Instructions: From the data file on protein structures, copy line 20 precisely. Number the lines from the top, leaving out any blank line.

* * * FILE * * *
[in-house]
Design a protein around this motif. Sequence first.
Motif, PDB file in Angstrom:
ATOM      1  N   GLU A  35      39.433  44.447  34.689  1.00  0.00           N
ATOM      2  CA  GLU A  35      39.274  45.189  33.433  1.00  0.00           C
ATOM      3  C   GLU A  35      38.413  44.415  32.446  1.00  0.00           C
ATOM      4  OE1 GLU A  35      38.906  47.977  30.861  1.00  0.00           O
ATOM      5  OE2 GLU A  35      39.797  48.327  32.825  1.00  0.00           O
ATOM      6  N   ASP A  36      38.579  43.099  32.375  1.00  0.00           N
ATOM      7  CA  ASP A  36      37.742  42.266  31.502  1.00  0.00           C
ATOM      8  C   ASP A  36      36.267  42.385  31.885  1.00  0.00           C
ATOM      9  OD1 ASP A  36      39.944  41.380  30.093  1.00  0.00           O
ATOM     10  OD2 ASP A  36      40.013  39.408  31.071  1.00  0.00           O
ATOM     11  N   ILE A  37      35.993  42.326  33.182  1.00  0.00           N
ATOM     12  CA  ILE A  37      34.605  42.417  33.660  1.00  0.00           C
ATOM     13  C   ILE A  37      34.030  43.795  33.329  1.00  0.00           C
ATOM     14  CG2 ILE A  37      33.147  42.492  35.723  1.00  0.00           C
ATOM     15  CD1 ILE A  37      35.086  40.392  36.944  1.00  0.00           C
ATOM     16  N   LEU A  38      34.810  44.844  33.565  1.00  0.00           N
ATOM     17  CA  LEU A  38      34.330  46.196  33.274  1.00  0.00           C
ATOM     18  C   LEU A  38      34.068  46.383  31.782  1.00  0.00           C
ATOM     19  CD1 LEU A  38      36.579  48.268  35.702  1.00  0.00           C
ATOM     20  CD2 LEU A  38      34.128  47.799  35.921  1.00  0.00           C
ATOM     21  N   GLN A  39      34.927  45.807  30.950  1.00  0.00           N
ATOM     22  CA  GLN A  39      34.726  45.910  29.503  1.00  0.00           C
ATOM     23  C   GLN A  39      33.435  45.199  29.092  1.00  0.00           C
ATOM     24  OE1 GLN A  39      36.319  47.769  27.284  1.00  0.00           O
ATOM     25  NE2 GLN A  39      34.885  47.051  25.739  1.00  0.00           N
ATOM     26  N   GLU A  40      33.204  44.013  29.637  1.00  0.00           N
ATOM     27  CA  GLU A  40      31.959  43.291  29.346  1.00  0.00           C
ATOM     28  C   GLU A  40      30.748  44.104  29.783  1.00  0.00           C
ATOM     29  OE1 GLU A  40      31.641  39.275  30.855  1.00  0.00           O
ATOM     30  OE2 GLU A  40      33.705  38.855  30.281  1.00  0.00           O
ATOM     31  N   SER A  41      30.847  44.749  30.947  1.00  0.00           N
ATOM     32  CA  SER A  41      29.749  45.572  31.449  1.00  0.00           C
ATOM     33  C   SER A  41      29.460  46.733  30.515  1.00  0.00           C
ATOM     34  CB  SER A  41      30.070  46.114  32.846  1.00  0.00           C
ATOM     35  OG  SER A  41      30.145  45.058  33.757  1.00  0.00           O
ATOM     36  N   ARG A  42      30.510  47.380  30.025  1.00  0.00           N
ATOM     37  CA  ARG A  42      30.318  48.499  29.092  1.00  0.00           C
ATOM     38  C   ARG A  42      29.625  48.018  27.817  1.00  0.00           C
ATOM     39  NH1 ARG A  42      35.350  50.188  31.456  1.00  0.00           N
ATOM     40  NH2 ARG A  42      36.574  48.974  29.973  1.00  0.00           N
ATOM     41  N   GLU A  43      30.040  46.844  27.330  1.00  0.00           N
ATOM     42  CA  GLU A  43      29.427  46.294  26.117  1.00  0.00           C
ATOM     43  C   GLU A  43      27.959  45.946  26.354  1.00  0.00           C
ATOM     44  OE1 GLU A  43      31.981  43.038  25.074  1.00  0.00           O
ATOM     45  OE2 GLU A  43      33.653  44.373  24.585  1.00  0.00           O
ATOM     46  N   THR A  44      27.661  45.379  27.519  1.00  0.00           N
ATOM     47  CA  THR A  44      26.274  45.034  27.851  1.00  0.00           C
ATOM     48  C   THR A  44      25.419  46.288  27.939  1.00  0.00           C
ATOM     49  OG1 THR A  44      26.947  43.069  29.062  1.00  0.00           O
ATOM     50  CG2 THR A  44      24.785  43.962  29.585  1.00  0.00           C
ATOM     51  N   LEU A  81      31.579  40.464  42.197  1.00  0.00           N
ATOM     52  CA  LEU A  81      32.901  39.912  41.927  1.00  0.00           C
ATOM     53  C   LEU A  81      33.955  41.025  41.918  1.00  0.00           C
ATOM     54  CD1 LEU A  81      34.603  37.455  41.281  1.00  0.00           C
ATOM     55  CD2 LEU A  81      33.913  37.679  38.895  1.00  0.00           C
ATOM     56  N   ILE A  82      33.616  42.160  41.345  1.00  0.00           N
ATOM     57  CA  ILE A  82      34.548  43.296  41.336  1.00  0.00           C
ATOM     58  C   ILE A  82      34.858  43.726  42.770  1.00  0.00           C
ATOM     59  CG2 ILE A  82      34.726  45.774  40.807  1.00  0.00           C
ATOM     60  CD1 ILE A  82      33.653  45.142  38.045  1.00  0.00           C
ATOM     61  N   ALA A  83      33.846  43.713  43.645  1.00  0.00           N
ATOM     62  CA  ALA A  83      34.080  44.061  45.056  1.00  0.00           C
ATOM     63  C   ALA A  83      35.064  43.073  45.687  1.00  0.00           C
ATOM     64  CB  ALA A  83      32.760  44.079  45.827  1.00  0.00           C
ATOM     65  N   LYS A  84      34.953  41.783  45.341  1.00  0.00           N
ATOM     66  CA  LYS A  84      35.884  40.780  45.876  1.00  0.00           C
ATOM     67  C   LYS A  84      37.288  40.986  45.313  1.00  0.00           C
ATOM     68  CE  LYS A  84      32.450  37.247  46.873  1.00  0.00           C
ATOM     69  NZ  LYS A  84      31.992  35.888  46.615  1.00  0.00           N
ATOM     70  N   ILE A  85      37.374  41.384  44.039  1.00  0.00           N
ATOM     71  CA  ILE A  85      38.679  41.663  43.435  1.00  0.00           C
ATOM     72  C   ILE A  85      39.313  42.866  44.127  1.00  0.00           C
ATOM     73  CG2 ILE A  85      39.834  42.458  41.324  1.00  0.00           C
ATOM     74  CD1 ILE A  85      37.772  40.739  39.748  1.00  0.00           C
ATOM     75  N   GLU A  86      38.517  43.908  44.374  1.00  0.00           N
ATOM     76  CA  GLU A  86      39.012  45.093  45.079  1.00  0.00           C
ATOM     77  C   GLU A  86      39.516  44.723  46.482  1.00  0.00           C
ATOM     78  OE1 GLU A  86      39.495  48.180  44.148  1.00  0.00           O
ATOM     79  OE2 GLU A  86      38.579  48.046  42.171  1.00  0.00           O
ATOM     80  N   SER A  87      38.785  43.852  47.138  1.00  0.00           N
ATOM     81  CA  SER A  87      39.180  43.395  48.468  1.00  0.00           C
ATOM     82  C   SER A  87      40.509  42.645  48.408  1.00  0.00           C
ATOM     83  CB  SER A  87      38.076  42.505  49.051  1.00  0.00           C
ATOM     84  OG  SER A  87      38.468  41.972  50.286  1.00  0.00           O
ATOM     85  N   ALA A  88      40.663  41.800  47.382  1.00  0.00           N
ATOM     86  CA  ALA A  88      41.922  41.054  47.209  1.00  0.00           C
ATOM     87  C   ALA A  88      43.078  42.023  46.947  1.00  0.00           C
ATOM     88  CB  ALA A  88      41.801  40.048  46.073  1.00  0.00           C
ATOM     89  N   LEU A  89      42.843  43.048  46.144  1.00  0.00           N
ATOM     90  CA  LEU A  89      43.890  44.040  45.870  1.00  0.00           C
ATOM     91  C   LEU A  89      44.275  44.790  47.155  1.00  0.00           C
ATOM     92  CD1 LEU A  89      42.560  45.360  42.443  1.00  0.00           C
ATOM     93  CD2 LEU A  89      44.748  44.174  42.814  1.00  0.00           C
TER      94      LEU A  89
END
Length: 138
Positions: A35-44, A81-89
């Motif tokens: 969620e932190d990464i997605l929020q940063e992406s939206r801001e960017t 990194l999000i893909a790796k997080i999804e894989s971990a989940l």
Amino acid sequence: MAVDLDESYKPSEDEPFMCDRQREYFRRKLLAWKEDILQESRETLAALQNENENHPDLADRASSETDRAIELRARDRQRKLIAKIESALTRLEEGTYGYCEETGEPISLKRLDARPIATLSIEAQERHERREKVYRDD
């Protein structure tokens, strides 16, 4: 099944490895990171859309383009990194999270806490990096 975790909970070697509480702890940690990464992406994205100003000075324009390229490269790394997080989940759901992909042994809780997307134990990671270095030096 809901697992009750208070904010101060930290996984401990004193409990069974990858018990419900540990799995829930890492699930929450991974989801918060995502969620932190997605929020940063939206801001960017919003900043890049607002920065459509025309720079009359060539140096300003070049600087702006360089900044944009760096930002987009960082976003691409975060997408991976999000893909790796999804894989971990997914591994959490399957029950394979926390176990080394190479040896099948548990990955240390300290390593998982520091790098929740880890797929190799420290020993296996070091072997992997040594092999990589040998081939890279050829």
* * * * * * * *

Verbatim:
ATOM     17  CA  LEU A  38      34.330  46.196  33.274  1.00  0.00           C